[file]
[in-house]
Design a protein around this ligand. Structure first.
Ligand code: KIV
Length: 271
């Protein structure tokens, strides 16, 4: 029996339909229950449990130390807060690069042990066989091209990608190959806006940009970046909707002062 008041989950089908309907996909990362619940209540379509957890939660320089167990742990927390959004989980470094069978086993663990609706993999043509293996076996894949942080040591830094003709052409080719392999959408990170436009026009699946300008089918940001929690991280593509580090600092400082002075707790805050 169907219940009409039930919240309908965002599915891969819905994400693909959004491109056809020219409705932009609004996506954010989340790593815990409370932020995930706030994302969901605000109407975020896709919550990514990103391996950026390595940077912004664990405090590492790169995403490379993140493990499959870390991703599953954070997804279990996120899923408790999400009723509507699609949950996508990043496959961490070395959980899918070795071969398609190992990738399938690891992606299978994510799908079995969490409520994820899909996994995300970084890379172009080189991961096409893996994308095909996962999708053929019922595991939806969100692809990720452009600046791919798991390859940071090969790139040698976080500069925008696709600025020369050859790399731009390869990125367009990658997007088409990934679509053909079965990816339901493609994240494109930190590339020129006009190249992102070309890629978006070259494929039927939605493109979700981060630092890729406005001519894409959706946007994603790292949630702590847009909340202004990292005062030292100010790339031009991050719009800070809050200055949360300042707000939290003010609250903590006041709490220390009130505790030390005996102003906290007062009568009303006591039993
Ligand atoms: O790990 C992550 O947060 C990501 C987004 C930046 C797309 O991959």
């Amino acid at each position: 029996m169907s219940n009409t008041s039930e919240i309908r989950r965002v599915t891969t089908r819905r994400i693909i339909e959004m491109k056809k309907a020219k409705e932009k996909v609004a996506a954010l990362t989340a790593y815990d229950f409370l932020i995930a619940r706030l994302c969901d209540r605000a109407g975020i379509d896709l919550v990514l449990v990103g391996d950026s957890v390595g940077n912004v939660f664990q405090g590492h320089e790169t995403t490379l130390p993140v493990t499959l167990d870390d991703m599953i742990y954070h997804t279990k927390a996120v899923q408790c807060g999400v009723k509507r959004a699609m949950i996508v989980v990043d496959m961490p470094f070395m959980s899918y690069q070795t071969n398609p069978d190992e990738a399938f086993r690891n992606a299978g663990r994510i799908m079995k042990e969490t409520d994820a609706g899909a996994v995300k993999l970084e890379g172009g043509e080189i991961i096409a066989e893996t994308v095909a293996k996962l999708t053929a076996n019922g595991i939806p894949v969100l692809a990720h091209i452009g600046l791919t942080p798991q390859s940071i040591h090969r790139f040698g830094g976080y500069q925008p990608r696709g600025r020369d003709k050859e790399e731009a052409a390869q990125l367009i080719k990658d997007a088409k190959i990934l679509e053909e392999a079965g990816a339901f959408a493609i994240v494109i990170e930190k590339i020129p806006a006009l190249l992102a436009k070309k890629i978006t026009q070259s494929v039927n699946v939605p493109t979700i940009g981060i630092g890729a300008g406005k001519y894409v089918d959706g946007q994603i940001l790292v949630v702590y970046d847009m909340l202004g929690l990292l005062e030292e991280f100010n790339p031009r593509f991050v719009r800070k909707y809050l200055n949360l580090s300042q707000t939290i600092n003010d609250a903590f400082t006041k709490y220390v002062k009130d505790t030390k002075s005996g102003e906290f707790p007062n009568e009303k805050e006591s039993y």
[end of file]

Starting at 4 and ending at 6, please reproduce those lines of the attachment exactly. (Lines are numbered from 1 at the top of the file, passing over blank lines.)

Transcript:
Length: 271
């Protein structure tokens, strides 16, 4: 029996339909229950449990130390807060690069042990066989091209990608190959806006940009970046909707002062 008041989950089908309907996909990362619940209540379509957890939660320089167990742990927390959004989980470094069978086993663990609706993999043509293996076996894949942080040591830094003709052409080719392999959408990170436009026009699946300008089918940001929690991280593509580090600092400082002075707790805050 169907219940009409039930919240309908965002599915891969819905994400693909959004491109056809020219409705932009609004996506954010989340790593815990409370932020995930706030994302969901605000109407975020896709919550990514990103391996950026390595940077912004664990405090590492790169995403490379993140493990499959870390991703599953954070997804279990996120899923408790999400009723509507699609949950996508990043496959961490070395959980899918070795071969398609190992990738399938690891992606299978994510799908079995969490409520994820899909996994995300970084890379172009080189991961096409893996994308095909996962999708053929019922595991939806969100692809990720452009600046791919798991390859940071090969790139040698976080500069925008696709600025020369050859790399731009390869990125367009990658997007088409990934679509053909079965990816339901493609994240494109930190590339020129006009190249992102070309890629978006070259494929039927939605493109979700981060630092890729406005001519894409959706946007994603790292949630702590847009909340202004990292005062030292100010790339031009991050719009800070809050200055949360300042707000939290003010609250903590006041709490220390009130505790030390005996102003906290007062009568009303006591039993
Ligand atoms: O790990 C992550 O947060 C990501 C987004 C930046 C797309 O991959």